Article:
Access to safe water still remote

Access to safe water still remote

Much has transformed since June 5 was declared the World Environment Day in 1972. On that sunny morning in the picturesque Swedish capital, Stockholm, the first ever UN Conference on the Human Environment had brought ‘environment’ on the global political agenda.

The only head of state present at the event, other than the host premier Olf Palme, prime minister Indira Gandhi had sought to ask the global audience ‘Are not poverty and need the greatest polluters?’

In the preceeding four decades, poverty has grown consistently whereas human need has paradoxically continued to diversify. At a tangent to each other, development as a reflection of gross domestic product has instead sustained poverty at unexpectedly higher levels. Else, developing countries with current annual growth rate of between 5.6 and 5.9 per cent would not have been home to 2.7 billion people surviving on less than $2 a day. Barring exception, the UN Millennium Development Goals, set two decades after the first environment day, have remained moderately off track. Since economic orthodoxy in use to meet the goal of eliminating poverty has fallen flat, the world is back on the drawing board to set fresh ‘development goals’.

Capitalist policies

Despite it being apparent that the pursuit of never-ending economic growth has proved dysfunctional to a large extent, the notion of perpetually chasing production and consumption has continued to guide present-day economists. In a bid to sustain economic growth, resources have been relocated across sectors. Quite often, it is the poor who get robbed of their legitimate share of natural resources at the behest of capitalist policies.

Sample this. Some 130 million people in India lack access to safe water, and those who have access to water suspect its quality. Since annual per capita water availability in the country has shrunk from a high of 1,816 to a low of 1,545 cubic metres during the last decade, drinking water is likely to remain dear to millions. If current trend in water diversion and misuse continues, per capita availability will touch an alarming low of 1,000 cubic metres within the next decade.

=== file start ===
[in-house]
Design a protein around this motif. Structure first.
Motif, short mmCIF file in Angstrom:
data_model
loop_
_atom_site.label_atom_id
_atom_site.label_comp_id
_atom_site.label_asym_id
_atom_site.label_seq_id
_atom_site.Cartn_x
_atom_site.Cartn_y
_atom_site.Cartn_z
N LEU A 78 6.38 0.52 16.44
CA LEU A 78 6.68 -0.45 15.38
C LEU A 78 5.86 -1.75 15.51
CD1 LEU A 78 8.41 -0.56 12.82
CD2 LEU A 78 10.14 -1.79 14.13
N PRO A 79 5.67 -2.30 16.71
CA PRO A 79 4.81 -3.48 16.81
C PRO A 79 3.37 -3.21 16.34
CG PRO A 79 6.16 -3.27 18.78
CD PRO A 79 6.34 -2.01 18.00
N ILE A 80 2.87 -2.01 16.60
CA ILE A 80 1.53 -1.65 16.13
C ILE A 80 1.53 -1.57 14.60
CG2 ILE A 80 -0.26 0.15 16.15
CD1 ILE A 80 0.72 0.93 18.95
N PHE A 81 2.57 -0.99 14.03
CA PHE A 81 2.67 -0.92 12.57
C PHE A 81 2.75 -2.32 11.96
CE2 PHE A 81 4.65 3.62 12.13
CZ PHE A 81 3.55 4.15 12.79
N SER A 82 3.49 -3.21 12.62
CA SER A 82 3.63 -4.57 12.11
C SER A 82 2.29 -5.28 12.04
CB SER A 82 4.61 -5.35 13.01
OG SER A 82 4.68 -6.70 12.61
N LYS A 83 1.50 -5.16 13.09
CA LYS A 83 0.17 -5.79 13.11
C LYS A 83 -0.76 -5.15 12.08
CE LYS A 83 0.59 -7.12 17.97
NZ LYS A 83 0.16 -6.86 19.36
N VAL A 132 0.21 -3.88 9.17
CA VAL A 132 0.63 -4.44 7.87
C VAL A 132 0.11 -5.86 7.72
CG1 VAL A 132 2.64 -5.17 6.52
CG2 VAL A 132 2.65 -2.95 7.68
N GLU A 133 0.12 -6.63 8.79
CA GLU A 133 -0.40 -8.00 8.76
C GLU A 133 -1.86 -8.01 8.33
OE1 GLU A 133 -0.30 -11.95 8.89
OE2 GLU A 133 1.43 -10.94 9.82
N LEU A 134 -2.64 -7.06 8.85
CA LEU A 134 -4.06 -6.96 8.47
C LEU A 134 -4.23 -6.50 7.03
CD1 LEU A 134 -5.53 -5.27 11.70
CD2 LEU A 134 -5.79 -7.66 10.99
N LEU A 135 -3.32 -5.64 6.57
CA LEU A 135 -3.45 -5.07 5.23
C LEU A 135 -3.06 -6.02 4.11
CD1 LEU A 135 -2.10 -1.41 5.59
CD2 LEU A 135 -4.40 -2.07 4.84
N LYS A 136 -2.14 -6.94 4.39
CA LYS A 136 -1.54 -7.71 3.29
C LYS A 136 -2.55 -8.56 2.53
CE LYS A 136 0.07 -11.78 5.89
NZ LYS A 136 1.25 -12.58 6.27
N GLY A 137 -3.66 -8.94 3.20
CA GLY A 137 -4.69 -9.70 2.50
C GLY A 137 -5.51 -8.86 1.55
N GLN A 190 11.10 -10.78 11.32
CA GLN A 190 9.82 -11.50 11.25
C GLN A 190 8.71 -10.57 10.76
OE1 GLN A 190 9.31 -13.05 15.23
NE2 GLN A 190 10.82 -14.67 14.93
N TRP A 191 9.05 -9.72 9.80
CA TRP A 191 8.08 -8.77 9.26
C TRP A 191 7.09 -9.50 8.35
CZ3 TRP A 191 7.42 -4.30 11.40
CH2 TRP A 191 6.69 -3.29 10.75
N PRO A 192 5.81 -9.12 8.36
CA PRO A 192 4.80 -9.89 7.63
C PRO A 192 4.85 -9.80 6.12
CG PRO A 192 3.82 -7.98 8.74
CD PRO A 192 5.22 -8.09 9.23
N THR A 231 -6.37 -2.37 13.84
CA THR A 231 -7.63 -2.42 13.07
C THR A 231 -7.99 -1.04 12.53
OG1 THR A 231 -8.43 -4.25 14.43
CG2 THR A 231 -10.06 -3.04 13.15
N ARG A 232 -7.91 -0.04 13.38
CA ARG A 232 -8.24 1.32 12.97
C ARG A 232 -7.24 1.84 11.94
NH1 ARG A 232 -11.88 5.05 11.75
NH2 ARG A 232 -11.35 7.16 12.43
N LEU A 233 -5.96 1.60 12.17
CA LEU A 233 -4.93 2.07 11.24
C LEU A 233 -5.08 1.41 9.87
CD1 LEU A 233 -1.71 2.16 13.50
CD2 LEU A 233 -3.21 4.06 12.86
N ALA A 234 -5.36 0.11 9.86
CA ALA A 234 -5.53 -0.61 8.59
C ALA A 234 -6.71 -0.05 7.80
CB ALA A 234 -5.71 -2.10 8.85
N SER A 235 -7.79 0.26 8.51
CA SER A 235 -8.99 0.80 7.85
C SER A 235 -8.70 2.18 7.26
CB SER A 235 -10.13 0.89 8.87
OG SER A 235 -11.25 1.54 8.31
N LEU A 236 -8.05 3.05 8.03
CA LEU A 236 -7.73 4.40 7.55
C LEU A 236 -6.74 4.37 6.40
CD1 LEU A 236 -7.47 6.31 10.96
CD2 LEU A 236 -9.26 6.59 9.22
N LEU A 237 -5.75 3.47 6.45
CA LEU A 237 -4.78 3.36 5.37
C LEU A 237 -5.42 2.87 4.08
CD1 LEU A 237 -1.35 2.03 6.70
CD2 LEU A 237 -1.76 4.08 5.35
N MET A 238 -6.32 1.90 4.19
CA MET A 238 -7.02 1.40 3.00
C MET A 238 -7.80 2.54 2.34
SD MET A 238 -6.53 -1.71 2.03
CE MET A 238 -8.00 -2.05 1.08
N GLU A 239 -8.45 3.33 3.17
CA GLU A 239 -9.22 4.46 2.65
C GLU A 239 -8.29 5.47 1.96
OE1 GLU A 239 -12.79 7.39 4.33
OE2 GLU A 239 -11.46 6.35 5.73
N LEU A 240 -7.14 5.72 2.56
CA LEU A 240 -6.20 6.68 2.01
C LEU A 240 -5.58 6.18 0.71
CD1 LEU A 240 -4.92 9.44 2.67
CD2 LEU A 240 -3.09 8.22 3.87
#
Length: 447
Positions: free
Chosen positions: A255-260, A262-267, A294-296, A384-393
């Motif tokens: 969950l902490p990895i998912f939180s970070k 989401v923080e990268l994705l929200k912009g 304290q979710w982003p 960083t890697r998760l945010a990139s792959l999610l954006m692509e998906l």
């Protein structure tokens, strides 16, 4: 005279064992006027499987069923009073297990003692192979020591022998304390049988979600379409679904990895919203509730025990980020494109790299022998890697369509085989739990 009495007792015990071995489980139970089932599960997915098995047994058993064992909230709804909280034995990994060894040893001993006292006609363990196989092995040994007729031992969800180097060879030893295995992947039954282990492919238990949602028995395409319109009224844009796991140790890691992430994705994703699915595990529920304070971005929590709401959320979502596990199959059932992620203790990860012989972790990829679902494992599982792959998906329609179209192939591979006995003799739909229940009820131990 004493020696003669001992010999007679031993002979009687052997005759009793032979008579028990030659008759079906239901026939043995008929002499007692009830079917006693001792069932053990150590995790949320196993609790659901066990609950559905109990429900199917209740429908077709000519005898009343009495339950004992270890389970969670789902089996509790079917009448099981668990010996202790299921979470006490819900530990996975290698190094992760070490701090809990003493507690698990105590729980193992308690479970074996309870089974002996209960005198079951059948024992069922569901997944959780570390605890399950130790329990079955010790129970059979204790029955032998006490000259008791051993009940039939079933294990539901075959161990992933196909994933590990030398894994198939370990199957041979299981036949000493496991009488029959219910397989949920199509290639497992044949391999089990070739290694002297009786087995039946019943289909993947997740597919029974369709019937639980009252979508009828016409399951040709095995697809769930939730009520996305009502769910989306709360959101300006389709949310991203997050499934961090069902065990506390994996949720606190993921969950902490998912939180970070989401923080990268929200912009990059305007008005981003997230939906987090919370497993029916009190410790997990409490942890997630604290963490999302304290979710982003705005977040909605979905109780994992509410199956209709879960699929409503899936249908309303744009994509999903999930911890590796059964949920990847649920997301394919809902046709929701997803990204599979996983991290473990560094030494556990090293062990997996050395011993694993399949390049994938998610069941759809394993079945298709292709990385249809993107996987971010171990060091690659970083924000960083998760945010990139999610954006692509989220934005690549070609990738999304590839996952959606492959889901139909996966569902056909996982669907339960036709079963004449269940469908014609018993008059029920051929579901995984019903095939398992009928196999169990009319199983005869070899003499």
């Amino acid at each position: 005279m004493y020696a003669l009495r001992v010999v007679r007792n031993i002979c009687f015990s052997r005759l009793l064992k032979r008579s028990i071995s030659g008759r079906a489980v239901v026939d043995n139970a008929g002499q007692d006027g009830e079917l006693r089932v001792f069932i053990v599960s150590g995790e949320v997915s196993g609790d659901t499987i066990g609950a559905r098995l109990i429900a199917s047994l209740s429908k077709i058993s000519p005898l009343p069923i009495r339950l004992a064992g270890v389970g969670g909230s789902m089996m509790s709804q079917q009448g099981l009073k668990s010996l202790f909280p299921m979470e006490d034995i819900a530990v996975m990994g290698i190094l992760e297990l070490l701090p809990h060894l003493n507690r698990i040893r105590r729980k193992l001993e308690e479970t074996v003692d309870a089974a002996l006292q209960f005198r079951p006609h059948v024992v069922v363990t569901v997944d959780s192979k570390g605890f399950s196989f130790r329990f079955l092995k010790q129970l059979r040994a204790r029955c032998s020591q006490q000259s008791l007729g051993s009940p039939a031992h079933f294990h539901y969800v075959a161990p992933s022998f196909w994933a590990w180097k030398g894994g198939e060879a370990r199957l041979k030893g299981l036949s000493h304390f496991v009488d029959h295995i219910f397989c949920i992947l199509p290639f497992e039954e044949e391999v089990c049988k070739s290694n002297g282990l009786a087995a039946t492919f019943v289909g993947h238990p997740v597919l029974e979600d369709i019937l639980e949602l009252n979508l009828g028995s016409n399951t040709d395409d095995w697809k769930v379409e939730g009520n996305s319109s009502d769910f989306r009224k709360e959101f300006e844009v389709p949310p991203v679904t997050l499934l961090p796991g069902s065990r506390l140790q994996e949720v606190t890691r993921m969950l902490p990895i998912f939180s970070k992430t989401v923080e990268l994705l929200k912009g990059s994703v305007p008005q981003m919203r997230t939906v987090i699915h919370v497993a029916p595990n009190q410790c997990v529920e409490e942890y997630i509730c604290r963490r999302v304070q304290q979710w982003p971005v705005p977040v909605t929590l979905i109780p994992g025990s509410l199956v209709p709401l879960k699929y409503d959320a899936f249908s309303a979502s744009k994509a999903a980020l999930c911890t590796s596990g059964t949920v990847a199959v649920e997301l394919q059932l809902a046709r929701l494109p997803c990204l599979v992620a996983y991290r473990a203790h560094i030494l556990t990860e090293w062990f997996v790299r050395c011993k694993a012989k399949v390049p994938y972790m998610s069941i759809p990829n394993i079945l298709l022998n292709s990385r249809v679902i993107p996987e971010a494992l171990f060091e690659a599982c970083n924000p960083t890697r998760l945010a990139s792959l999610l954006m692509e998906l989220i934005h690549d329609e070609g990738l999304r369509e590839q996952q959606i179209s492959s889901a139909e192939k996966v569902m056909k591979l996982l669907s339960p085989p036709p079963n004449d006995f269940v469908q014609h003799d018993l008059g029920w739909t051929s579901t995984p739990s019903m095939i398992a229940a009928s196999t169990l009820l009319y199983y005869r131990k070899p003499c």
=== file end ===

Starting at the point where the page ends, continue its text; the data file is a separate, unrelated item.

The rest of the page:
If you think this will lead to severe water crises, chances instead are that situation may not be as alarming. Corresponding to per capita shortage in access to water will be a rise in per capita consumption of bottled water in the country. Indian bottled water industry has pegged per capita average consumption of bottled water to grow to a high of 30 litres during the current decade, by the close of which the present Rs 8,000 crore industry would be worth Rs 30,000 crore.

Industry sources contend that though India is way behind countries like Thailand and Italy which consume 115 and 190 litres per capita respectively, it is only beginning to unlock its potential with changing life style and rise in spending capacity of consumers.
Bottled water has interesting parallel with cellphone penetration in the country. While bottled water has converted a bare necessity into a product, cellphone has turned a product into a compelling necessity. Both have been driven by market principles, pitching demand on perpetual scarcity of safe water in one case and absence of reliable teleconnectivity on the other. Much like bottled water sector, the telecom sector with 900 million subscribers has grown dramatically. These changes in last two decades have happened within a broader context of neoliberalism, which has been driven by an accelerating economy and a ballooning consumerism.

That bottled water has a water footprint of at least 3 litres/litre (ie., three litres of water is consumed in the process of producing a litre of bottled water) and produces copious quantities of obnoxious plastic waste is least of concerns for an upward mobile middle-class.

By creating a mass base of unsuspecting and somewhat unconcerned consumers, market has literally insulated itself from onslaught by the environmentalists. On the other hand, people have accepted capitalism’s redefinition of ‘them’ from citizens to consumers. Having accepted this redefinition, consumers have not only reduced their potential forms of resistance but have geared themselves to protect their perceived need for growth and development.

Neither poverty nor need seem to be the greatest polluter; it is the ubiquitous consumer that is fast turning out as a cog in the wheel of environmental destruction. With consumer being the undisputed king of growing capitalism, market will only reorient itself to meet his changing consumptive habits. No wonder, the theme of this year World Environment Day is pitched on the hope that the consumer will: Think-Eat-Save.